Increased Commitment to Neglected Disease R&D, but TB Landscape Remains Largely Unchanged

Statement on 2018 G-FINDER Report

January 23, 2019

January 23, 2019 – The 2018 G-FINDER report shows that while funding for tuberculosis (TB) research and development (R&D) reached its highest level on record in 2017, it remains far short of the estimated $1.3 billion needed annually to deliver new tools that can effectively treat, diagnose and prevent the disease.

“As global health crises like drug-resistant TB continue to grow, sustained investments in improved technologies and scientific solutions are urgently needed,” said Mel Spigelman, president and CEO of TB Alliance. “This report marks only the first time since 2009 that we’ve seen two consecutive years of funding growth for neglected diseases. It’s clear that far more needs to be done.”

At last year’s United Nations High-Level Meeting on Tuberculosis, member states issued a political declaration committing to close the TB R&D funding gap. Per the report, no country has met the WHO recommendation that member states dedicate at least 0.01% of their gross domestic product to research into the health needs of developing countries.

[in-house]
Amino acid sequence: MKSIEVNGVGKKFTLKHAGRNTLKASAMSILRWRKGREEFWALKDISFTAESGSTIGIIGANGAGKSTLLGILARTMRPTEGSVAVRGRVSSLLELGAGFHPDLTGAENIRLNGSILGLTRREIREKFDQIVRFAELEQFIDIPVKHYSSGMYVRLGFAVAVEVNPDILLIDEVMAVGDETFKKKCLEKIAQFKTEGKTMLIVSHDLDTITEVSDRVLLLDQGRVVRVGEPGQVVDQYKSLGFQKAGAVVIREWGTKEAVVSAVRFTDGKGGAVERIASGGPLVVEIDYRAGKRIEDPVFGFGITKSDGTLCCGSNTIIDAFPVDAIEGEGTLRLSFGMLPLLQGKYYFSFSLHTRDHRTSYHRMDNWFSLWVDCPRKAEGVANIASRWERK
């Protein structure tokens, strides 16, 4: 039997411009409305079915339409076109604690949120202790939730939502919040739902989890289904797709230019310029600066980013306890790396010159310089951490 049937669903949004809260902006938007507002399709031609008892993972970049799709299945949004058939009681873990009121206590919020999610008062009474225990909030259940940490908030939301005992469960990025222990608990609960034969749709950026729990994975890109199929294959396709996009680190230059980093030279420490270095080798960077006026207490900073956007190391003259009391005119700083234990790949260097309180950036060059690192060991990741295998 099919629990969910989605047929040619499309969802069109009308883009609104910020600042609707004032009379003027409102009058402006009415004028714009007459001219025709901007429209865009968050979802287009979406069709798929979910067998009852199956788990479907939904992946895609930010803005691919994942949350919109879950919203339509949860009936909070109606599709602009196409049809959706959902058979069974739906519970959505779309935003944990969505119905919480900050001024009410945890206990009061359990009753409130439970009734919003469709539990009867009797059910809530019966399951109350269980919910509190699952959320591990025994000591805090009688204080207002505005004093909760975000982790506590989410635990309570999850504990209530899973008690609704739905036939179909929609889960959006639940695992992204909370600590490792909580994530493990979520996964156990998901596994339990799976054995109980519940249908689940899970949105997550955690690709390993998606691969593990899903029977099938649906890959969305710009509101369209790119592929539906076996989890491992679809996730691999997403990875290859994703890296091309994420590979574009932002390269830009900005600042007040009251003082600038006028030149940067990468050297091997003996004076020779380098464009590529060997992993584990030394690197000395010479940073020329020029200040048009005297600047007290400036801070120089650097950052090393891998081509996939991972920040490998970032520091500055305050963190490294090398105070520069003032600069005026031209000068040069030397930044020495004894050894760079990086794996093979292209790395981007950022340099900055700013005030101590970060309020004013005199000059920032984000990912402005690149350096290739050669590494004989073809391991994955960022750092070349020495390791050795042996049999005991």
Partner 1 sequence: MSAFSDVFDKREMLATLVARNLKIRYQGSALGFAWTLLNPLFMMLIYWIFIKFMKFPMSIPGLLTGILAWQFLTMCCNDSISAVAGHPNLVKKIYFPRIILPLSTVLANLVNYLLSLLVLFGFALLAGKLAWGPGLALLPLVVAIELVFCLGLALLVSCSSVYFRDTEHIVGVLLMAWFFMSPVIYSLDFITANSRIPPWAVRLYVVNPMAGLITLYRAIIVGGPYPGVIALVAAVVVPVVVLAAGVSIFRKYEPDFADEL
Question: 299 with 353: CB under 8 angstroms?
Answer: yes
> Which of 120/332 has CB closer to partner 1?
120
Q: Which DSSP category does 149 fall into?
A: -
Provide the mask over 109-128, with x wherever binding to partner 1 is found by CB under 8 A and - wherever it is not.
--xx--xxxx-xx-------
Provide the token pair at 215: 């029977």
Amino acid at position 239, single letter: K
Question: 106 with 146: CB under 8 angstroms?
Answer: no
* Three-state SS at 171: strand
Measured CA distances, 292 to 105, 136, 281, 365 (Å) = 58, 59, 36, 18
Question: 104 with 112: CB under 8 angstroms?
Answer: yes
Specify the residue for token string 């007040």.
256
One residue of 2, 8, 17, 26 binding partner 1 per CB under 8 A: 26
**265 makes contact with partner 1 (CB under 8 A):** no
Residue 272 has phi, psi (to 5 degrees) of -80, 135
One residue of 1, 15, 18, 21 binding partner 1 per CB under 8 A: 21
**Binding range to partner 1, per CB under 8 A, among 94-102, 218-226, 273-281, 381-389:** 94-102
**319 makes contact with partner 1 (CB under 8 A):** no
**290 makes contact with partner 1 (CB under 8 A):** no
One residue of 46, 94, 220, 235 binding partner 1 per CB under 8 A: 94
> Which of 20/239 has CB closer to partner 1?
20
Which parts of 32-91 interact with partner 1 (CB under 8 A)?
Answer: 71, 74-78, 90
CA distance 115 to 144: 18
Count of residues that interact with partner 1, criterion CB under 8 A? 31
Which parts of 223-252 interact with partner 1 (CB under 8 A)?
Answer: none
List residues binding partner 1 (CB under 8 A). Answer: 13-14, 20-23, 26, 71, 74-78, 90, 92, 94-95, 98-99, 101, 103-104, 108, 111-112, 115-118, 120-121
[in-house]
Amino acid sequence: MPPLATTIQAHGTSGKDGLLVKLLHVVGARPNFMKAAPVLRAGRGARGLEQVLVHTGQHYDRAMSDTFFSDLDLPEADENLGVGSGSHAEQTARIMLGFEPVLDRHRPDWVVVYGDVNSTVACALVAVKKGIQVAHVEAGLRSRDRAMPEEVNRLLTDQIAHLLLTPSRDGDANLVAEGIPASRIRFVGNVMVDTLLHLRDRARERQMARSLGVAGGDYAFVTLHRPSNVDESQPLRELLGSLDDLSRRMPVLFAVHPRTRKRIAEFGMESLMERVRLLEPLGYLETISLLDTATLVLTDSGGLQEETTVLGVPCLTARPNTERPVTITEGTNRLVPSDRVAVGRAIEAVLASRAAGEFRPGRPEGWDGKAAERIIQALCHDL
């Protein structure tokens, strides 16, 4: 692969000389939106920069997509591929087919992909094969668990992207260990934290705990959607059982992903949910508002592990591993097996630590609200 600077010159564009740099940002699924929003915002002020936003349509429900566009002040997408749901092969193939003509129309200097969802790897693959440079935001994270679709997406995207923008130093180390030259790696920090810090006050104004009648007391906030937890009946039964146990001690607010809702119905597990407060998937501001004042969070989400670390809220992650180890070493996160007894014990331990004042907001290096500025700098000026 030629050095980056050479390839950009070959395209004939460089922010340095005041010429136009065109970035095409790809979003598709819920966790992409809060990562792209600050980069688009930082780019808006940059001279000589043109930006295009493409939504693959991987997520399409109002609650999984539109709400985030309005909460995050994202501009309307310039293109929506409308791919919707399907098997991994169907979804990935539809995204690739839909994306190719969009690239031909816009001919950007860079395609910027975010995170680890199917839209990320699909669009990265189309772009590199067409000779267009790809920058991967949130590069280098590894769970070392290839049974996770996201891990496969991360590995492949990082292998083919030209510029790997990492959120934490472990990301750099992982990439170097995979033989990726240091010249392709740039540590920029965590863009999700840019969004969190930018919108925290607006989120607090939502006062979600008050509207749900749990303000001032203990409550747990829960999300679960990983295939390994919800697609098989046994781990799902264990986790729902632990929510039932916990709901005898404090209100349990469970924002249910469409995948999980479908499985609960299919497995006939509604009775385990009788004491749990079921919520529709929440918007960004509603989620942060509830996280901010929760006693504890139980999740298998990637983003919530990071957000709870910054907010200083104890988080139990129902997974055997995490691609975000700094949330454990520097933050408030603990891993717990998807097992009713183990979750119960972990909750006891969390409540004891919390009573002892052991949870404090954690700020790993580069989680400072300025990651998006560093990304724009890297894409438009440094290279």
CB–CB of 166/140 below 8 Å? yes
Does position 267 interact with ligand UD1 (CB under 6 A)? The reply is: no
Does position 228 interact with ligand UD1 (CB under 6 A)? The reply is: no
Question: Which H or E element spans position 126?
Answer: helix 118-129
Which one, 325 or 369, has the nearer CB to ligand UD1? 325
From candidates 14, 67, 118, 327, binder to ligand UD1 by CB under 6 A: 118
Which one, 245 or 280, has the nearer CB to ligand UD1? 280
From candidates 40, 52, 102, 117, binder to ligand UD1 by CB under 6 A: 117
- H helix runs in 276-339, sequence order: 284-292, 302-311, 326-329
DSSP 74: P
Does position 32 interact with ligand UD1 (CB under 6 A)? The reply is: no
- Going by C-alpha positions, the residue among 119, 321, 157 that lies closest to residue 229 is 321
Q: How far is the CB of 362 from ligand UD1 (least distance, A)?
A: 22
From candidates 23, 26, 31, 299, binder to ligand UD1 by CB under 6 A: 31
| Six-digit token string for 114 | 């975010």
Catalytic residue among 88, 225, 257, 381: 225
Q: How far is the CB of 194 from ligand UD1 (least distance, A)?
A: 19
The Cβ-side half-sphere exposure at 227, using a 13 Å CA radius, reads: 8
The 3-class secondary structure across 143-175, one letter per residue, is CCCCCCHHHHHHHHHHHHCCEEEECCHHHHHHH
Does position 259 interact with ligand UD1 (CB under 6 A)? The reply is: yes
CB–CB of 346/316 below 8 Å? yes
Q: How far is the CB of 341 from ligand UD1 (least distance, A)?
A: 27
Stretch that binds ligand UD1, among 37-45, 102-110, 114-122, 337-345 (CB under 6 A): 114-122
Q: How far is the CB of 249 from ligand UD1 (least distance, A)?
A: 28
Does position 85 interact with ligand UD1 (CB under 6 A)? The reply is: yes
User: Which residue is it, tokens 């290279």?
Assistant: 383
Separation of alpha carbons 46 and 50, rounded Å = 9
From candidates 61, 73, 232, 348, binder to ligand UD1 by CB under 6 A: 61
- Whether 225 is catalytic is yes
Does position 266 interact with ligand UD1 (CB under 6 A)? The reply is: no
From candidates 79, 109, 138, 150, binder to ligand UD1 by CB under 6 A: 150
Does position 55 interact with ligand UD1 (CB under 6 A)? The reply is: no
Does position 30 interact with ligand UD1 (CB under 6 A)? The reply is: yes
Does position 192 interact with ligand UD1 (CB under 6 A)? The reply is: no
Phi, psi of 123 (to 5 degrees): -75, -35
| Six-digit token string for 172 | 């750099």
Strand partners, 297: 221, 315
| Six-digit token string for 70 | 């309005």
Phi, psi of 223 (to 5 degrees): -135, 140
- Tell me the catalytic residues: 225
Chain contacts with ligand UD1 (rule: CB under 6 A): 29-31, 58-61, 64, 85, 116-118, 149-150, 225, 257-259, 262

Several government funders, including the United Kingdom, European Commission, India and Germany have increased their funding for neglected diseases in the period tracked in the report, leading to the most diversified funding pool for R&D to date. Important increases also came from non-governmental funders, including Unitaid, Médecins Sans Frontières and Gavi. However, funding remains highly concentrated with the U.S. alone contributing more than two-thirds of global public funding.

The G-FINDER report is an essential resource when it comes to understanding the funding landscape for TB research and product development. It also helps to hold governments to account and ensure they uphold their commitments to funding essential research. The full report is available at: